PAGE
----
I untwisted the wires connecting the speaker wire and the spare 2.1 x 5.5mm DC Power Male Pigtail so the speaker wire was a small end. I used a wire fish tape to thread the long antenna lead up into the roof and pulled the lead until the antenna was secure above the headliner at the corner near the window. I used the wire fish tape to thread the long antenna lead wire along the inside of my pano roof and towards the front of the car and to the overhead speaker grill.
I removed the cap and the screw and popped the A-pillar interior panel open in order to pull the long antenna lead from the headliner down along the A-pillar to the corner of the dash. I could not get the wire fish tape from the corner of the pano roof down to the top of the C pillar panel opening. So, I pushed the long antenna lead out through the front of the headliner where the rearview mirror is located. Then I threaded the long antenna lead across the front of the headliner at the windshield pushing it up into the headliner for concealment.
I threaded the long antenna lead down the A-pillar. I avoided running the lead in front of the A-pillar airbag. I threaded the long antenna lead to the bottom of the A-pillar and into the corner of the dash. I soldered the 2.1 x 5.5mm DC Power Male Pigtail to the long antenna lead and insulated the wires with heat shrink tubing. Then plug the male pigtail into the female pigtail’s connector to connect the C pillar mounted fob antenna. (Editor: we recommend wiring under the driver side sills instead to avoid any possibility of interfering with the curtain airbag that is along the top of the headliner and along the A-pillar. See alternate instructions on how we did this for the Sub-woofer wiring)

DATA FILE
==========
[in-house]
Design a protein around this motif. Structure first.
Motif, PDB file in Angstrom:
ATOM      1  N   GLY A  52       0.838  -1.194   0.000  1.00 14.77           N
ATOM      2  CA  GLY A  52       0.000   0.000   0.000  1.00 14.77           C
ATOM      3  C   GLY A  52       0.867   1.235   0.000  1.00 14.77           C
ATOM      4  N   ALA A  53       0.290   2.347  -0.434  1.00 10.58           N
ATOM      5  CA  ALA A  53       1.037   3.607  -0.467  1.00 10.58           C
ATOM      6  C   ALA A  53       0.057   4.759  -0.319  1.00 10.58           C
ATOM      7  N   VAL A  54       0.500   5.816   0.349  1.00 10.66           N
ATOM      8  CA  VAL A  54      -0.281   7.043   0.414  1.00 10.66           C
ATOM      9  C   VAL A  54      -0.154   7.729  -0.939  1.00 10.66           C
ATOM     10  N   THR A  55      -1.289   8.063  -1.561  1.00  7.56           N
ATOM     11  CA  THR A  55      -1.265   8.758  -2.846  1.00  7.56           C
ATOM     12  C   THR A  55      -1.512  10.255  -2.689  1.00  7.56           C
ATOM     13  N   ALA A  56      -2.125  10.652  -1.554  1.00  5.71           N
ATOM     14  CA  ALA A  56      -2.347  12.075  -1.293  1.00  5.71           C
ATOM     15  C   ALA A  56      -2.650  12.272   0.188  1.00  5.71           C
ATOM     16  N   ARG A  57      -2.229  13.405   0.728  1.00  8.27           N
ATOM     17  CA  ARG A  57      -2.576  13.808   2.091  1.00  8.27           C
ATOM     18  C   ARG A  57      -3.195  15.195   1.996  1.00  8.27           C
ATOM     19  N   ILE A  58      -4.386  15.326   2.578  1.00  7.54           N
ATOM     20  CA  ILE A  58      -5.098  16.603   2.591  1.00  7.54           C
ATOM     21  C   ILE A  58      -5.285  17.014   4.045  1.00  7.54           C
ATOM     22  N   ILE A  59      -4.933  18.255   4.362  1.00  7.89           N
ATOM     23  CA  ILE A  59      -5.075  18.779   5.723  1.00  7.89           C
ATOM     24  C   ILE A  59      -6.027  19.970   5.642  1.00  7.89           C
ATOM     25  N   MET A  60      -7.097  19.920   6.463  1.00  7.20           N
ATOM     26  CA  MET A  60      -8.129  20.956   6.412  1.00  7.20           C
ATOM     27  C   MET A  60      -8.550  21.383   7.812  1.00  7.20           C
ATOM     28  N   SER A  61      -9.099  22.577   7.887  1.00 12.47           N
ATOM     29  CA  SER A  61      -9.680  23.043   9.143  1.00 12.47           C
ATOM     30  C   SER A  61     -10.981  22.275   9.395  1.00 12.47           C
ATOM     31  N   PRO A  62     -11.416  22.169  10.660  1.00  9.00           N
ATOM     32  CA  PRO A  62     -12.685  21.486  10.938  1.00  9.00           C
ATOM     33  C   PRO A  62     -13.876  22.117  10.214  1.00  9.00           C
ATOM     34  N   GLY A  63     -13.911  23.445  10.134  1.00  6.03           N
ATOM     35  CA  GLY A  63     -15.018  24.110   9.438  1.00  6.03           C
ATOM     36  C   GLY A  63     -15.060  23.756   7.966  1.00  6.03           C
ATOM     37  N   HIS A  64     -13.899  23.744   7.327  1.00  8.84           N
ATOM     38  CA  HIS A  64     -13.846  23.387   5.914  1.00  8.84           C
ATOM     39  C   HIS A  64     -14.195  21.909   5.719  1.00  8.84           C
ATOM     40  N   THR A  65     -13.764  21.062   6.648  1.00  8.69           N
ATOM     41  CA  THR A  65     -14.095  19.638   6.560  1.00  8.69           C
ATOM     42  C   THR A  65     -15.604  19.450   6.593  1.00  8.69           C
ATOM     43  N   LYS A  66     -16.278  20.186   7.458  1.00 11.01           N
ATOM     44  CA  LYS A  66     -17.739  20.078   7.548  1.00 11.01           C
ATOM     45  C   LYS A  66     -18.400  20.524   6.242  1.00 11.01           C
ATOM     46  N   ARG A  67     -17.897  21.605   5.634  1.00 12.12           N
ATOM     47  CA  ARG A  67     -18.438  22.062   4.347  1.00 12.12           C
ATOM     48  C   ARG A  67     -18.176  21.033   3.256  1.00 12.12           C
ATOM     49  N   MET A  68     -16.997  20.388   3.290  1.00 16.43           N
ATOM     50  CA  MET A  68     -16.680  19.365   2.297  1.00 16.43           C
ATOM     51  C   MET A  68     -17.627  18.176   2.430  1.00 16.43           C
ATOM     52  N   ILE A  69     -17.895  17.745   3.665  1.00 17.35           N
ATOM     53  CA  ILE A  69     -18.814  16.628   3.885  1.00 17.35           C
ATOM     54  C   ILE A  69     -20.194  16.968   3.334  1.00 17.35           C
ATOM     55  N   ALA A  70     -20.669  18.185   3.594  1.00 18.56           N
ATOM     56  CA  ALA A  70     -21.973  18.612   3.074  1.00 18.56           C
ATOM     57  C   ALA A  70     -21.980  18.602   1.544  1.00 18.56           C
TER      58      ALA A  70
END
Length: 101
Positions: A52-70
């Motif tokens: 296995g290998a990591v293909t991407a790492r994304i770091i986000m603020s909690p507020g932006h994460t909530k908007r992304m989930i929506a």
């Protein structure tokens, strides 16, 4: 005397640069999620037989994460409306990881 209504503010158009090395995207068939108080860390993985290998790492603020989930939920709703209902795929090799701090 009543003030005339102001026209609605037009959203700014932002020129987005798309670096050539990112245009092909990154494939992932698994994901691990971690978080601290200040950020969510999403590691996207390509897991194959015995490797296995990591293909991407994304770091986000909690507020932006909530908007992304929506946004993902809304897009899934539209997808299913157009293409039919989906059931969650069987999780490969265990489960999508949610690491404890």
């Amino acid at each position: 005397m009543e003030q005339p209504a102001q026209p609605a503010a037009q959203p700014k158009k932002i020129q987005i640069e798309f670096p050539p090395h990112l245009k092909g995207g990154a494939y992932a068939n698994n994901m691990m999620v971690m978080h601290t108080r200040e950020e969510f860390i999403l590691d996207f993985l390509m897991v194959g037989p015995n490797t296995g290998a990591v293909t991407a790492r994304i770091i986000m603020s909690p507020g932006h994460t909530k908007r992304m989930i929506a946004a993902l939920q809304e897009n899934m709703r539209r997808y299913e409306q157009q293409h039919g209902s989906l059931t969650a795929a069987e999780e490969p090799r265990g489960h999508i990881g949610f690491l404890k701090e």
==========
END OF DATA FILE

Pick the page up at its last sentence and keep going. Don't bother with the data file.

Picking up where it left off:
I buttoned up the removed panels at the C pillar interior panel, the parcel shelf bracket, the front headliner speaker grill, A-pillar and fob antenna access panel.
Note 1: During my testing to locate an acceptable location, the door handle presentation would stop. I don’t have an explanation as to why. But I found that if I went into to Controls > Settings > and turned the present handles switch to Off then back On. The door handles would work again when I approached with the fob. Your mileage may vary!
Note 2: You may choose to route your long antenna lead a different method than along the headliner. I considered removing the door sill/kick panel and threading the lead there. But the rear door sill removal seemed more complex than routing along the headliner.
After completion of the project, I plugged the UMC in to test the door handle presentation and UMC release. I waited for the car to shutdown, the windows to fold in and the UMC port to change from blue to black/off. I walked up eight times with my fob in my right front pocket. Of those eight times six times the car responded properly presenting the door handles and allowing me to unplug the UMC without the usual Tesla Two-Step. Of the two that didn’t work, one responded with one step to the left, and the other worked with two steps to the left. If my car continues to work even 75% of the time saving me the Tesla Two-Step, I am satisfied it was worth the effort.